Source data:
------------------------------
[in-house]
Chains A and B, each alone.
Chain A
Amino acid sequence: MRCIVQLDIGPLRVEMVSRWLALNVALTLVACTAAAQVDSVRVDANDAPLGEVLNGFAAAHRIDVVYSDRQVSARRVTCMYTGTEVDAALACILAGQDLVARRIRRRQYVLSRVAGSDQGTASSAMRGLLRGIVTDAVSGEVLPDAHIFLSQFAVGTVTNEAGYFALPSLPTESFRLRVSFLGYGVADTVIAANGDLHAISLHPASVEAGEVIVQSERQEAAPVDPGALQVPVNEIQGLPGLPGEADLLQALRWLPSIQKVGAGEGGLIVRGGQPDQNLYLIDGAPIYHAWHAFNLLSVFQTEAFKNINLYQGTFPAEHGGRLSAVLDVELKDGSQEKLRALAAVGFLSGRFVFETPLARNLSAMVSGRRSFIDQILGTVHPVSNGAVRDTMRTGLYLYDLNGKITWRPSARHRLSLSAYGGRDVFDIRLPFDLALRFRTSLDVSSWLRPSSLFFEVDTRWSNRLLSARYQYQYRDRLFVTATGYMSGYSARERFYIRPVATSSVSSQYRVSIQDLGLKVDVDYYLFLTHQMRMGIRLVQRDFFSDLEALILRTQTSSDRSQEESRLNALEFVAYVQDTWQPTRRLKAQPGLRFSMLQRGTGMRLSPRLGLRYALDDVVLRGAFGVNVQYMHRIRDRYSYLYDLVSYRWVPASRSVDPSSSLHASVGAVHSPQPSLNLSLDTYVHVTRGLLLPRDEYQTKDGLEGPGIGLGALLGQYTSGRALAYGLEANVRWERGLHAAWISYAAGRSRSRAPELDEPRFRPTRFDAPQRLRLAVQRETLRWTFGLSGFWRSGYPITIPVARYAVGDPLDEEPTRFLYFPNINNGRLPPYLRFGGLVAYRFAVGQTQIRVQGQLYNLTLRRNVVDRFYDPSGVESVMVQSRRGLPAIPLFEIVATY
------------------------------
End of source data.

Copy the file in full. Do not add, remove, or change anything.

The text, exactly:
[in-house]
Chains A and B, each alone.
Chain A
Amino acid sequence: MRCIVQLDIGPLRVEMVSRWLALNVALTLVACTAAAQVDSVRVDANDAPLGEVLNGFAAAHRIDVVYSDRQVSARRVTCMYTGTEVDAALACILAGQDLVARRIRRRQYVLSRVAGSDQGTASSAMRGLLRGIVTDAVSGEVLPDAHIFLSQFAVGTVTNEAGYFALPSLPTESFRLRVSFLGYGVADTVIAANGDLHAISLHPASVEAGEVIVQSERQEAAPVDPGALQVPVNEIQGLPGLPGEADLLQALRWLPSIQKVGAGEGGLIVRGGQPDQNLYLIDGAPIYHAWHAFNLLSVFQTEAFKNINLYQGTFPAEHGGRLSAVLDVELKDGSQEKLRALAAVGFLSGRFVFETPLARNLSAMVSGRRSFIDQILGTVHPVSNGAVRDTMRTGLYLYDLNGKITWRPSARHRLSLSAYGGRDVFDIRLPFDLALRFRTSLDVSSWLRPSSLFFEVDTRWSNRLLSARYQYQYRDRLFVTATGYMSGYSARERFYIRPVATSSVSSQYRVSIQDLGLKVDVDYYLFLTHQMRMGIRLVQRDFFSDLEALILRTQTSSDRSQEESRLNALEFVAYVQDTWQPTRRLKAQPGLRFSMLQRGTGMRLSPRLGLRYALDDVVLRGAFGVNVQYMHRIRDRYSYLYDLVSYRWVPASRSVDPSSSLHASVGAVHSPQPSLNLSLDTYVHVTRGLLLPRDEYQTKDGLEGPGIGLGALLGQYTSGRALAYGLEANVRWERGLHAAWISYAAGRSRSRAPELDEPRFRPTRFDAPQRLRLAVQRETLRWTFGLSGFWRSGYPITIPVARYAVGDPLDEEPTRFLYFPNINNGRLPPYLRFGGLVAYRFAVGQTQIRVQGQLYNLTLRRNVVDRFYDPSGVESVMVQSRRGLPAIPLFEIVATY